For some investors, Facebook's (NASDAQ:FB) decision to drop $19 billion on up-start mobile messaging service WhatsApp in February may still be a head-scratcher: it certainly was at the time. There were a few, legitimate reasons some investors felt a bit uneasy following the deal. Fans of Facebook's ugly stepchild, Twitter (NYSE:TWTR), were no doubt ecstatic, wondering "what are those guys thinking?"

But with Chief Executive Officer Mark Zuckerberg and team flying high in terms of growing both users and revenue, shareholders seemed content to give Facebook the benefit of the doubt, actually boosting its share price in the days following the announcement. Looking forward, there are significant opportunities for Facebook to justify the whopping price tag for WhatsApp.

A glass half empty
If you were to look back at the reaction immediately following Facebook's announcement that it had acquired WhatsApp, you'd be hard-pressed to find many industry pundits extolling the benefits of the deal. The consensus, and it was just about that, centered on a few, key concerns.

The first, and most obvious, concern was how does a company that generates a paltry $20 million in annual revenues warrant that kind of price tag? One of WhatsApp's claims to fame, which played a big role in why it grew to 450 million users prior to Facebook entering the picture, was it charged customers $1 a year for the service. Another was its promise, direct from the founder, there would be no ads to contend with.

In large because of the above, most believed Facebook paid a gargantuan premium, particularly when that concern was coupled with questions about how to monetize WhatsApp without charging a higher annual fee or including ads. The former remains a legitimate alternative, the latter? Time will tell.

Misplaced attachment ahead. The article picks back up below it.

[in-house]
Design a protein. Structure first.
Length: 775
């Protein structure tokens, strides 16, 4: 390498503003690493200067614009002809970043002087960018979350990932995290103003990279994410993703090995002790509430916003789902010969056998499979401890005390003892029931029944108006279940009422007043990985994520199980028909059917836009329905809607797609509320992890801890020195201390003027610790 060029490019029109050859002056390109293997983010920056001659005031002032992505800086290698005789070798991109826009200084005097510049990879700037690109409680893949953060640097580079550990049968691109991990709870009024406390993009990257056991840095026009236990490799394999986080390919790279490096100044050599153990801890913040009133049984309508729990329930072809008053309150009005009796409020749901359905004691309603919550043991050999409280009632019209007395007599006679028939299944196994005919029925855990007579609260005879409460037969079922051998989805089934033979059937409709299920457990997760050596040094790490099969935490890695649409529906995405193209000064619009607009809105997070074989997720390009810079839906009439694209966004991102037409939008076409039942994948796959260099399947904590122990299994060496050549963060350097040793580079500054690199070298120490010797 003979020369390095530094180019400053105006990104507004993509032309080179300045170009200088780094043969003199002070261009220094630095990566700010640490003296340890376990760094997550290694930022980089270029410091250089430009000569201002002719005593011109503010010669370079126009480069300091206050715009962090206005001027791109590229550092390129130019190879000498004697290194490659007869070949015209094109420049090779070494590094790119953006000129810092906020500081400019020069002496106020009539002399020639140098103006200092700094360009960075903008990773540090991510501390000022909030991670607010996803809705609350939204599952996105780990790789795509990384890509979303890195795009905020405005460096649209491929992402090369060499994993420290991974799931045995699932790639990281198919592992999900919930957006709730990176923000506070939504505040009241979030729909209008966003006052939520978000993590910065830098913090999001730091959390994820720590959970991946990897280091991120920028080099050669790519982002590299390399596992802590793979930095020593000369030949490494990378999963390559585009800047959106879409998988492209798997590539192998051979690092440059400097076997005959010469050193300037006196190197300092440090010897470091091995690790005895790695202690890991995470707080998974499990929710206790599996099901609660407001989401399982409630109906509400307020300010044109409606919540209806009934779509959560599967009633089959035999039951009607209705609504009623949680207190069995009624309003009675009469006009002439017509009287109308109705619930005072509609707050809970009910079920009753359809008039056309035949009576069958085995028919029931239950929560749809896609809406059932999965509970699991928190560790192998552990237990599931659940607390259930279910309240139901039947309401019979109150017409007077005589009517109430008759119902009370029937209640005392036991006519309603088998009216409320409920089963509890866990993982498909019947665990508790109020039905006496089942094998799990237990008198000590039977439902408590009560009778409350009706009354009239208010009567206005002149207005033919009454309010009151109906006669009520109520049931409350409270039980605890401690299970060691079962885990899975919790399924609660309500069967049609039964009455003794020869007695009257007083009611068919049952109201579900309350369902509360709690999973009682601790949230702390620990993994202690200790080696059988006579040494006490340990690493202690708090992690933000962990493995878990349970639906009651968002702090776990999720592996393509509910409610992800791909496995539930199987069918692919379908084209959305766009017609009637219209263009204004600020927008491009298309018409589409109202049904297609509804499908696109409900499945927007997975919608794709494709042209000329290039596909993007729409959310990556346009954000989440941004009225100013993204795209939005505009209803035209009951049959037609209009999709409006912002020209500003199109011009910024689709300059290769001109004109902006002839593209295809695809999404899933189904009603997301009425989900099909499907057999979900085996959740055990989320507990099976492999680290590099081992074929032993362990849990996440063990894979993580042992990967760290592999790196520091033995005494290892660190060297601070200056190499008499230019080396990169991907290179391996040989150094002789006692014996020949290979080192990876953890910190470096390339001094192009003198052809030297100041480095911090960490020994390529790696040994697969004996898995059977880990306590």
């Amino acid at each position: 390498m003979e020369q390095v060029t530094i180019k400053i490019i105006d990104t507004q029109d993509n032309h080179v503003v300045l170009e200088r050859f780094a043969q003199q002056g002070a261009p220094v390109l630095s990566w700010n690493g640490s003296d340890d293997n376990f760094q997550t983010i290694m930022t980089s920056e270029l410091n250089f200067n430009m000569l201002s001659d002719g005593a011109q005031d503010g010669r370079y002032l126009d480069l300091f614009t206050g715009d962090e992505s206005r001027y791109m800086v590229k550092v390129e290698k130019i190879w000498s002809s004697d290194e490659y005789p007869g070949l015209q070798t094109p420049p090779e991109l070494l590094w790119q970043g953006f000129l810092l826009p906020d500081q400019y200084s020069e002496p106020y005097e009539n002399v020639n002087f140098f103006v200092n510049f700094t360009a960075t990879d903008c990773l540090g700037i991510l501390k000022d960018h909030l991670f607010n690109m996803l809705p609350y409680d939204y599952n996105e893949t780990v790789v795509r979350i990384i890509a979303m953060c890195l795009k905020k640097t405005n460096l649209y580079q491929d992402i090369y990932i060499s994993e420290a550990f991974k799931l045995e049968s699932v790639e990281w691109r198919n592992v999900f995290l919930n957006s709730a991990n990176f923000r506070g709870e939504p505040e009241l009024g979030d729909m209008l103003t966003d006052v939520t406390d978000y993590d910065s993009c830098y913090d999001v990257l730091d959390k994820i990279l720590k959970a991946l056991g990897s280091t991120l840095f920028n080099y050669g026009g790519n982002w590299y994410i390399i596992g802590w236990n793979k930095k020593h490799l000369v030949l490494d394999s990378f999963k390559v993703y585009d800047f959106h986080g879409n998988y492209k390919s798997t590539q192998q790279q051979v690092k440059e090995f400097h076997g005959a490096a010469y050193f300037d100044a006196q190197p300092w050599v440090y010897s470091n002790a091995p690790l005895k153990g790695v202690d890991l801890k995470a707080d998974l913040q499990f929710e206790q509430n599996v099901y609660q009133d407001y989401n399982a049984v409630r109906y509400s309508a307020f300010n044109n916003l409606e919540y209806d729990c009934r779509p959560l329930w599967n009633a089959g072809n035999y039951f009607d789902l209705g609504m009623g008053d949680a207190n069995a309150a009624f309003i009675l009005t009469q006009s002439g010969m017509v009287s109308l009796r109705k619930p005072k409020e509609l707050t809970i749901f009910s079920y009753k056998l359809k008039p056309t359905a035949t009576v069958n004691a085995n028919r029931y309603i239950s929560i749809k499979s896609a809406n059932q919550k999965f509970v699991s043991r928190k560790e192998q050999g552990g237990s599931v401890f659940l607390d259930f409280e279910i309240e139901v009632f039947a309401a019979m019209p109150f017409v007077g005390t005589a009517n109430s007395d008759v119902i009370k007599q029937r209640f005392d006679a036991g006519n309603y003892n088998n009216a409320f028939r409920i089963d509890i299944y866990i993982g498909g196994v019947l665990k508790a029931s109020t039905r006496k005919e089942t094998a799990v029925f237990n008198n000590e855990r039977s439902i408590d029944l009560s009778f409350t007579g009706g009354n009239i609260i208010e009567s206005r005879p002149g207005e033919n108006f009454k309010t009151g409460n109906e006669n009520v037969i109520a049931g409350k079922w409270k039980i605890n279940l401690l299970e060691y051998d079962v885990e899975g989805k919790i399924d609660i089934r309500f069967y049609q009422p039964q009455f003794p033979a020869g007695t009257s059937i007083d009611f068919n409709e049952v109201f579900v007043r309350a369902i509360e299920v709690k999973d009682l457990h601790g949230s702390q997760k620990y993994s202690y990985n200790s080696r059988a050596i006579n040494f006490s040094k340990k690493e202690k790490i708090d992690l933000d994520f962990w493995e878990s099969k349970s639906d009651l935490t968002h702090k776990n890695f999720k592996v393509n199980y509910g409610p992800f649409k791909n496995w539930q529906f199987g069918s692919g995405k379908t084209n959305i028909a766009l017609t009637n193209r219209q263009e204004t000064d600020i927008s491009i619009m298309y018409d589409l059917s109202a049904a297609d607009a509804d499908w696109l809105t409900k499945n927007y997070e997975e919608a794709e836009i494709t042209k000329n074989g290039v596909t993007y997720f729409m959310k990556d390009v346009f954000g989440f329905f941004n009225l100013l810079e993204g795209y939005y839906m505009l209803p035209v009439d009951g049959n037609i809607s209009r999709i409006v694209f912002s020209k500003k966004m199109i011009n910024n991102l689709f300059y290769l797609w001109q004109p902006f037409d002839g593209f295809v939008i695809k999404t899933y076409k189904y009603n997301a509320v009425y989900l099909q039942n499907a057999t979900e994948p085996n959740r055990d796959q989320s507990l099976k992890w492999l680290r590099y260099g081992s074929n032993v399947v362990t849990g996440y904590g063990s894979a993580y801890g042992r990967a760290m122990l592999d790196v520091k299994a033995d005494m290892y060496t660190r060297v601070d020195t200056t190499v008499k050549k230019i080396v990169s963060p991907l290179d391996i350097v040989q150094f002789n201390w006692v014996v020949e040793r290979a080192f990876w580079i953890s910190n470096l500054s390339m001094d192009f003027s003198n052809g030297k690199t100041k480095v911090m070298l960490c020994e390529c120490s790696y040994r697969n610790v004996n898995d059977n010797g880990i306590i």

Finally, in the U.S. there was the, "Who are these WhatsApp guys?" question to consider. Even now, according to a recent study from comScore, only 31% of mobile phone users have any messaging service. And most mobile messagers use Facebook's own Messenger service.

A glass half full
It wasn't too long after the WhatsApp deal was announced that a few far-sighted analysts began to reevaluate the deal. A couple of pundits at Sterne Agee suggested that WhatsApp will generate nearly $1.2 billion in three years, with margins as high as 80%. And they may not be far off.

Already, WhatsApp has grown to over 500 million monthly average users, or MAUs, from the approximately 450 million in late February. By comparison, Twitter grew to 255 million users in its recently completed Q1, meaning Twitter's number of MAUs grew nearly the identical 50 million in the past year as WhatsApp has in less than four months. Zuckerberg seems well on his way to reaching his goal of growing WhatApp's user base to one billion. And who knows where WhatsApp goes from there?

The relatively small penetration of U.S. mobile phone owners using messaging services, if you opt to take a half-full approach, isn't a weakness, it's a fantastic opportunity. One study comparing mobile messaging services in developed countries listed the U.S. tenth. Well behind folks in Spain, that have a whopping 83% of its mobile phone owners using instant messaging. Of course, geography plays a part in that, too. With no carrier fees attached to messages sent across country borders, European and Asian users have an added impetus to use apps like WhatsApp. But domestically, there's still a lot of upside.

Final Foolish thoughts
Assuming the rumors are true, WhatsApp should be introducing a calling feature in the not-too-distant future. Will Facebook attempt to monetize a calling service? Perhaps, but just as with ads on WhatsApp, all parties say "no." Then again, Instagram is ready to be monetized, once a few of its video ad tweaks are completed, something Facebook held off on for over two years. And it's not hard to imagine the same happening with WhatsApp at some point in the future.

For now, WhatsApp's promise of no ads is a huge differentiator from Twitter who, in an effort to justify its market capitalization of over $21 billion, is going advertising gang-busters. And that could work in WhatsApp's favor as more users consider messaging. But even without ads, we know Facebook loves and can use data at a level unmatched in the industry.

WhatsApp's comprehensive data on over 500 million users is growing daily, and it includes phone numbers. Facebook has other, profitable ways to use that data, including its own site, Instagram, and Messenger. Half-full, half-empty? For growth investors, Facebook's WhatsApp acquisition warrants a healthy dose of optimism.